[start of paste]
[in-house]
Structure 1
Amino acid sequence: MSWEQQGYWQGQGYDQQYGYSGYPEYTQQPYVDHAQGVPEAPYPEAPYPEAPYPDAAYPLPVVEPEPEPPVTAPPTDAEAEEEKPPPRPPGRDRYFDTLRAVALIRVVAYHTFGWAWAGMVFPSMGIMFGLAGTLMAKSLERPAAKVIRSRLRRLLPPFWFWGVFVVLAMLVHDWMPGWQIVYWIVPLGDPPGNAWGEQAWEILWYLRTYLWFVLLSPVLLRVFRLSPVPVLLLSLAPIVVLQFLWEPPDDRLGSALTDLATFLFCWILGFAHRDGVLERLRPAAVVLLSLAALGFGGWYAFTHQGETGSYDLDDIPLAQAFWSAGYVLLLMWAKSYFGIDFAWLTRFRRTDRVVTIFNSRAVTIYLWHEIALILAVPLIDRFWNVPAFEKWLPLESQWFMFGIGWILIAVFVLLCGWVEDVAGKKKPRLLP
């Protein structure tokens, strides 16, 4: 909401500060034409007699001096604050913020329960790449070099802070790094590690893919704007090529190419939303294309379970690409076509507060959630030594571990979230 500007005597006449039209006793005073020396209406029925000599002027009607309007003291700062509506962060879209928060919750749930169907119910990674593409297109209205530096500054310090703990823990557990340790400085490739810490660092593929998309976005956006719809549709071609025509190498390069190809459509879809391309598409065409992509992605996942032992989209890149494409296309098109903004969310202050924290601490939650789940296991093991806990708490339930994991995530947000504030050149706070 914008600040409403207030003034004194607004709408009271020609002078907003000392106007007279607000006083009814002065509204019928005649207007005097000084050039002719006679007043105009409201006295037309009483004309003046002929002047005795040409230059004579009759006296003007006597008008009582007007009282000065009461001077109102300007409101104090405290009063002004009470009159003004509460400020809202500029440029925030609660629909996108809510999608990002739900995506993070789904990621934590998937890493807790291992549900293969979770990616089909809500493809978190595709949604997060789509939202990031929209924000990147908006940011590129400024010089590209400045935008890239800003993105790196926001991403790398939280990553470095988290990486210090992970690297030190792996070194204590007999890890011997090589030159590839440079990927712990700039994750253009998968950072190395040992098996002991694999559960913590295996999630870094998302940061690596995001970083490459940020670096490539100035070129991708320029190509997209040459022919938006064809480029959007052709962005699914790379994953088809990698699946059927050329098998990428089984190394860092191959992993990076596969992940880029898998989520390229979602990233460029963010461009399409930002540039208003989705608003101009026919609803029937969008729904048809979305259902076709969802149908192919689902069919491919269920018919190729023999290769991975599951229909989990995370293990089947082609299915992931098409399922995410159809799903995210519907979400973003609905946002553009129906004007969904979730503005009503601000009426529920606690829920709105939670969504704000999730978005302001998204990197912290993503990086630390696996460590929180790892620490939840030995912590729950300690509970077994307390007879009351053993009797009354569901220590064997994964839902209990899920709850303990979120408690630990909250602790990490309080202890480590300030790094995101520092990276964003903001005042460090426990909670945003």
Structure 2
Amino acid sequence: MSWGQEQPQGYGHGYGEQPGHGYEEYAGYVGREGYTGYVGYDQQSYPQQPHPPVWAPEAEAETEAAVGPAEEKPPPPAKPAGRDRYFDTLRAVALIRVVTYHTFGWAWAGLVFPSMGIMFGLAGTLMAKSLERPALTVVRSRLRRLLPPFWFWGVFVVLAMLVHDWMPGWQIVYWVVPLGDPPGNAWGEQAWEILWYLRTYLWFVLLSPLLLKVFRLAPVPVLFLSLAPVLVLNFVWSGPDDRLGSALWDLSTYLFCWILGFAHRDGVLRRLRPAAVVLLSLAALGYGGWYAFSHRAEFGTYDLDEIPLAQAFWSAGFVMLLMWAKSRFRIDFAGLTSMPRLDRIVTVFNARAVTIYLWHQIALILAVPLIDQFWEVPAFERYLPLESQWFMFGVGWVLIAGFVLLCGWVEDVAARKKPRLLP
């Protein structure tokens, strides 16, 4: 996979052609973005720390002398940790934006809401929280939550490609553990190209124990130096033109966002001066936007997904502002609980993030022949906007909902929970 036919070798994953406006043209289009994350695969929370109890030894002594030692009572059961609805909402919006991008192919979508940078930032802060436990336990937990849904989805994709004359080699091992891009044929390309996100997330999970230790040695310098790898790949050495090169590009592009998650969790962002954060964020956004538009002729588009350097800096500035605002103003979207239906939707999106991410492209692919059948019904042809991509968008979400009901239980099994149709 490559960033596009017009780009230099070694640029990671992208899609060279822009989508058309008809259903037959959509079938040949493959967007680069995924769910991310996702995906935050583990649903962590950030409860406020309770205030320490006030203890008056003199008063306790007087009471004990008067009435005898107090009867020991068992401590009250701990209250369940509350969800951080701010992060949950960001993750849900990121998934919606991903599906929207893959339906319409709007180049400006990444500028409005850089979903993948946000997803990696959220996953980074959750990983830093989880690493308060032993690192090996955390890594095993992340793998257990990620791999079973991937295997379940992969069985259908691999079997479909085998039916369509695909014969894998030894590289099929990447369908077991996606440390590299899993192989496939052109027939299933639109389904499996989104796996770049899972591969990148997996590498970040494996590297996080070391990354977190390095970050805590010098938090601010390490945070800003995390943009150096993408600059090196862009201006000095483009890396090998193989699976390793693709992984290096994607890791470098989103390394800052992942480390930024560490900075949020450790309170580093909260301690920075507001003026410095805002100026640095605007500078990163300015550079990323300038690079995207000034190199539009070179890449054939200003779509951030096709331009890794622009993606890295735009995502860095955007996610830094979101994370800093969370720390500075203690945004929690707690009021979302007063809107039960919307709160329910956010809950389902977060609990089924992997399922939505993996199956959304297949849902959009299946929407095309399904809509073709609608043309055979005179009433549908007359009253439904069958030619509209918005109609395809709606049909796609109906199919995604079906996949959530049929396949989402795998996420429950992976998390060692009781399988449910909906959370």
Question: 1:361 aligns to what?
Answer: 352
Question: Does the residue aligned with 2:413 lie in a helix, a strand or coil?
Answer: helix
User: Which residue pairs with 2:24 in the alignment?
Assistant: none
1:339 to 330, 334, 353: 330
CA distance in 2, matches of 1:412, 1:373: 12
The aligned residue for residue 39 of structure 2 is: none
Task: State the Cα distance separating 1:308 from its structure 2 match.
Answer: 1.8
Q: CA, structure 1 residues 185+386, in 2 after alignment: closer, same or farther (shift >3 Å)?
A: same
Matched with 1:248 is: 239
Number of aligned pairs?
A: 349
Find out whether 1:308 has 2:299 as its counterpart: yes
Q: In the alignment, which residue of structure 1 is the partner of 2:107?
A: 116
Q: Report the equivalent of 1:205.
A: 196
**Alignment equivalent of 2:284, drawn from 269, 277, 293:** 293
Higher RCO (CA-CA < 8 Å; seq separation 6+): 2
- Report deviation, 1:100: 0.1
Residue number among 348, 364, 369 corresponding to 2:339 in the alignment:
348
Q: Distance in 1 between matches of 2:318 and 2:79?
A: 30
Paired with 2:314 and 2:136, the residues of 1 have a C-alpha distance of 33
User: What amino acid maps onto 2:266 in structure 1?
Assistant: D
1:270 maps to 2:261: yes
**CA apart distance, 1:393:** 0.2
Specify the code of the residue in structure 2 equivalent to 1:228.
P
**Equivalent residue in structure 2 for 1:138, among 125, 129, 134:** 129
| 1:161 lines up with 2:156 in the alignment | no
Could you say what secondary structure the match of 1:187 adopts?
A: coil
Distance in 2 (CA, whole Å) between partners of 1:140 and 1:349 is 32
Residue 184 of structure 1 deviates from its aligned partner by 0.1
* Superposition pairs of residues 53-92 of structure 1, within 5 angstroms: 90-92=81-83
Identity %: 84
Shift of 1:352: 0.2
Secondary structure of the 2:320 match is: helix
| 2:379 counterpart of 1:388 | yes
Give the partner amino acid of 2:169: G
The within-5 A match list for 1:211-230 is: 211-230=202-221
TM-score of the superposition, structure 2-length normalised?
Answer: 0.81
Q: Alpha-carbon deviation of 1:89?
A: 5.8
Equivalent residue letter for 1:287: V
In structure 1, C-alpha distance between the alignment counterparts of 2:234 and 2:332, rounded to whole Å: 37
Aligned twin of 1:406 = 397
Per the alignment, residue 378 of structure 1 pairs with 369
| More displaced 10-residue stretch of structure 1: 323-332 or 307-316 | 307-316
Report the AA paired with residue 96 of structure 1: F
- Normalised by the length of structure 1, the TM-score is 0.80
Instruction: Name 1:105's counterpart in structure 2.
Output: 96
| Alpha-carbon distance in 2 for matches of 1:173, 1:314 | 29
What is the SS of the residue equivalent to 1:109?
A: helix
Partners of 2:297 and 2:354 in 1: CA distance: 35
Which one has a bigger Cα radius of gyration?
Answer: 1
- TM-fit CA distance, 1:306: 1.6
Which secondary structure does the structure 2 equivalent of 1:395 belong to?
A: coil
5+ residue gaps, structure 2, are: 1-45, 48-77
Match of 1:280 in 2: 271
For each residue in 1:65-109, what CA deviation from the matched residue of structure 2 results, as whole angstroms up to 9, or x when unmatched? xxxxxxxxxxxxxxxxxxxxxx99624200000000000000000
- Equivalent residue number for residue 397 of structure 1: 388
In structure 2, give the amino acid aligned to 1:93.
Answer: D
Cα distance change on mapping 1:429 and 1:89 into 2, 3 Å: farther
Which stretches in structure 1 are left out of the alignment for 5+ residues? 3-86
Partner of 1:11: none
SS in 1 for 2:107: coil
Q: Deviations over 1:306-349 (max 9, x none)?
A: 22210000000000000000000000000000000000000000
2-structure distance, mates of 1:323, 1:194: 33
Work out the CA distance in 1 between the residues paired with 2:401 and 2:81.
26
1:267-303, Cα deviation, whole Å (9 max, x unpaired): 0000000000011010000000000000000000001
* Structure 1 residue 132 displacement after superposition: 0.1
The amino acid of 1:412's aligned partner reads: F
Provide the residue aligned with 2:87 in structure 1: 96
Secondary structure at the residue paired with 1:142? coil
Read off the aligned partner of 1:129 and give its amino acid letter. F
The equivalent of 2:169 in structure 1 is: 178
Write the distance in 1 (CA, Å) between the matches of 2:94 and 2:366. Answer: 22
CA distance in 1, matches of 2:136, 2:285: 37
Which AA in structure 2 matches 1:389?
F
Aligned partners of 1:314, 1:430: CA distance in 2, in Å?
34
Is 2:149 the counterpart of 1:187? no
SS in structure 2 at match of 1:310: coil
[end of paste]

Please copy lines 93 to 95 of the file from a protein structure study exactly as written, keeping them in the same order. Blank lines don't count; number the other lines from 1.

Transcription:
1:267-303, Cα deviation, whole Å (9 max, x unpaired): 0000000000011010000000000000000000001
* Structure 1 residue 132 displacement after superposition: 0.1
The amino acid of 1:412's aligned partner reads: F